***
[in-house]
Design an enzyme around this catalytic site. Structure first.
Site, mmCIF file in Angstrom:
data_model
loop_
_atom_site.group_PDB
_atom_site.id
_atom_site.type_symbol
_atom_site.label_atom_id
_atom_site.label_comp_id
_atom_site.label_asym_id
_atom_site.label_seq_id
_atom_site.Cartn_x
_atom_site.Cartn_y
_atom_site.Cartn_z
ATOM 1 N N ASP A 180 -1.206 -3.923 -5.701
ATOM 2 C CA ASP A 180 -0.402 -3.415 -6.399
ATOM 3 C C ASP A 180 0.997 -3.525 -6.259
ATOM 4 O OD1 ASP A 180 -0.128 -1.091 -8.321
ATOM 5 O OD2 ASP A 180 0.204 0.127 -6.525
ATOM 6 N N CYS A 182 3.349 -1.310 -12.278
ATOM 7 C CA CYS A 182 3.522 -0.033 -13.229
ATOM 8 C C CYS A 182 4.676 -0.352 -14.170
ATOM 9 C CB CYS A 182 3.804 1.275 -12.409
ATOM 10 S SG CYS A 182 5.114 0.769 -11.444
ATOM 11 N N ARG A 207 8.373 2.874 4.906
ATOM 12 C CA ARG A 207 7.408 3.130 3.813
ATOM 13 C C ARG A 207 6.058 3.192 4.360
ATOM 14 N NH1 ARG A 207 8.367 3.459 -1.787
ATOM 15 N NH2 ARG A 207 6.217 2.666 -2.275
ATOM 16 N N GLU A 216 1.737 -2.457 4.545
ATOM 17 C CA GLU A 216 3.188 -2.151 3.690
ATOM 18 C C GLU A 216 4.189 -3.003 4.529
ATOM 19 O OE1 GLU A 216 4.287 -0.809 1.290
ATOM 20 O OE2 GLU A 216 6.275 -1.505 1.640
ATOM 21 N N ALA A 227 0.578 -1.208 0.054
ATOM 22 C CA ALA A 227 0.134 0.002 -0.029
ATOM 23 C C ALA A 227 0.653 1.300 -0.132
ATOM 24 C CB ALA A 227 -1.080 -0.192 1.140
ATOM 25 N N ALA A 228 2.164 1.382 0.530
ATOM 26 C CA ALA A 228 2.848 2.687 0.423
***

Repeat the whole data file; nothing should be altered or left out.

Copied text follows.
[in-house]
Design an enzyme around this catalytic site. Structure first.
Site, mmCIF file in Angstrom:
data_model
loop_
_atom_site.group_PDB
_atom_site.id
_atom_site.type_symbol
_atom_site.label_atom_id
_atom_site.label_comp_id
_atom_site.label_asym_id
_atom_site.label_seq_id
_atom_site.Cartn_x
_atom_site.Cartn_y
_atom_site.Cartn_z
ATOM 1 N N ASP A 180 -1.206 -3.923 -5.701
ATOM 2 C CA ASP A 180 -0.402 -3.415 -6.399
ATOM 3 C C ASP A 180 0.997 -3.525 -6.259
ATOM 4 O OD1 ASP A 180 -0.128 -1.091 -8.321
ATOM 5 O OD2 ASP A 180 0.204 0.127 -6.525
ATOM 6 N N CYS A 182 3.349 -1.310 -12.278
ATOM 7 C CA CYS A 182 3.522 -0.033 -13.229
ATOM 8 C C CYS A 182 4.676 -0.352 -14.170
ATOM 9 C CB CYS A 182 3.804 1.275 -12.409
ATOM 10 S SG CYS A 182 5.114 0.769 -11.444
ATOM 11 N N ARG A 207 8.373 2.874 4.906
ATOM 12 C CA ARG A 207 7.408 3.130 3.813
ATOM 13 C C ARG A 207 6.058 3.192 4.360
ATOM 14 N NH1 ARG A 207 8.367 3.459 -1.787
ATOM 15 N NH2 ARG A 207 6.217 2.666 -2.275
ATOM 16 N N GLU A 216 1.737 -2.457 4.545
ATOM 17 C CA GLU A 216 3.188 -2.151 3.690
ATOM 18 C C GLU A 216 4.189 -3.003 4.529
ATOM 19 O OE1 GLU A 216 4.287 -0.809 1.290
ATOM 20 O OE2 GLU A 216 6.275 -1.505 1.640
ATOM 21 N N ALA A 227 0.578 -1.208 0.054
ATOM 22 C CA ALA A 227 0.134 0.002 -0.029
ATOM 23 C C ALA A 227 0.653 1.300 -0.132
ATOM 24 C CB ALA A 227 -1.080 -0.192 1.140
ATOM 25 N N ALA A 228 2.164 1.382 0.530
ATOM 26 C CA ALA A 228 2.848 2.687 0.423